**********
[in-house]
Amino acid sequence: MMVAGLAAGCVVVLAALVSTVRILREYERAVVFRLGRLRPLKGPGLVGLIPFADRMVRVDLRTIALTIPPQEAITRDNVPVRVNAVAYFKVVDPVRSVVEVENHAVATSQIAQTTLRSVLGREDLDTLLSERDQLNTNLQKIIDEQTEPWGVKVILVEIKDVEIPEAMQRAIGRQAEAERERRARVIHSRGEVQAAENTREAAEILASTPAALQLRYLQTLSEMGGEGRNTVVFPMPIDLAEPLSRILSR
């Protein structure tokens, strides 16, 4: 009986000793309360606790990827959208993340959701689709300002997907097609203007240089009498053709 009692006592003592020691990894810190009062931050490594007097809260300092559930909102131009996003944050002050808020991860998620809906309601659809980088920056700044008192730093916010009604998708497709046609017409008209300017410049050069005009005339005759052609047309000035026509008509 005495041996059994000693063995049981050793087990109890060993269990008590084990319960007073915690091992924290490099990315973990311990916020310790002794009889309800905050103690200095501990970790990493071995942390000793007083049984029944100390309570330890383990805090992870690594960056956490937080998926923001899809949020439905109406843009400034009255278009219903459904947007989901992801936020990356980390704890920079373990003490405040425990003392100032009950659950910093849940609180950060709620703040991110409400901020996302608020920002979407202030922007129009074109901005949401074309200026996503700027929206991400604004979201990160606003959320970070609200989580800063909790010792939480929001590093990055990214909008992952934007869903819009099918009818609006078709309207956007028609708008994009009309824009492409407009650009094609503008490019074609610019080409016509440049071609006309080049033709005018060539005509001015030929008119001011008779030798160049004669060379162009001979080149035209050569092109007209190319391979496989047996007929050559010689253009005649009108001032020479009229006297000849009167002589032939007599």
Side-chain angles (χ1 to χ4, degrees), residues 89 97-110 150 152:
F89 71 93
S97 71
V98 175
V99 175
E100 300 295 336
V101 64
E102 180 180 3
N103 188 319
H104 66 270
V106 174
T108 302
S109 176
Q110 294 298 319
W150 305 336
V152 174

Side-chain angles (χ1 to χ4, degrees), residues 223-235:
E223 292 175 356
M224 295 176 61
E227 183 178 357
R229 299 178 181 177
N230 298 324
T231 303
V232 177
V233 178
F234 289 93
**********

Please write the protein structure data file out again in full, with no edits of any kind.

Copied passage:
[in-house]
Amino acid sequence: MMVAGLAAGCVVVLAALVSTVRILREYERAVVFRLGRLRPLKGPGLVGLIPFADRMVRVDLRTIALTIPPQEAITRDNVPVRVNAVAYFKVVDPVRSVVEVENHAVATSQIAQTTLRSVLGREDLDTLLSERDQLNTNLQKIIDEQTEPWGVKVILVEIKDVEIPEAMQRAIGRQAEAERERRARVIHSRGEVQAAENTREAAEILASTPAALQLRYLQTLSEMGGEGRNTVVFPMPIDLAEPLSRILSR
């Protein structure tokens, strides 16, 4: 009986000793309360606790990827959208993340959701689709300002997907097609203007240089009498053709 009692006592003592020691990894810190009062931050490594007097809260300092559930909102131009996003944050002050808020991860998620809906309601659809980088920056700044008192730093916010009604998708497709046609017409008209300017410049050069005009005339005759052609047309000035026509008509 005495041996059994000693063995049981050793087990109890060993269990008590084990319960007073915690091992924290490099990315973990311990916020310790002794009889309800905050103690200095501990970790990493071995942390000793007083049984029944100390309570330890383990805090992870690594960056956490937080998926923001899809949020439905109406843009400034009255278009219903459904947007989901992801936020990356980390704890920079373990003490405040425990003392100032009950659950910093849940609180950060709620703040991110409400901020996302608020920002979407202030922007129009074109901005949401074309200026996503700027929206991400604004979201990160606003959320970070609200989580800063909790010792939480929001590093990055990214909008992952934007869903819009099918009818609006078709309207956007028609708008994009009309824009492409407009650009094609503008490019074609610019080409016509440049071609006309080049033709005018060539005509001015030929008119001011008779030798160049004669060379162009001979080149035209050569092109007209190319391979496989047996007929050559010689253009005649009108001032020479009229006297000849009167002589032939007599």
Side-chain angles (χ1 to χ4, degrees), residues 89 97-110 150 152:
F89 71 93
S97 71
V98 175
V99 175
E100 300 295 336
V101 64
E102 180 180 3
N103 188 319
H104 66 270
V106 174
T108 302
S109 176
Q110 294 298 319
W150 305 336
V152 174

Side-chain angles (χ1 to χ4, degrees), residues 223-235:
E223 292 175 356
M224 295 176 61
E227 183 178 357
R229 299 178 181 177
N230 298 324
T231 303
V232 177
V233 178
F234 289 93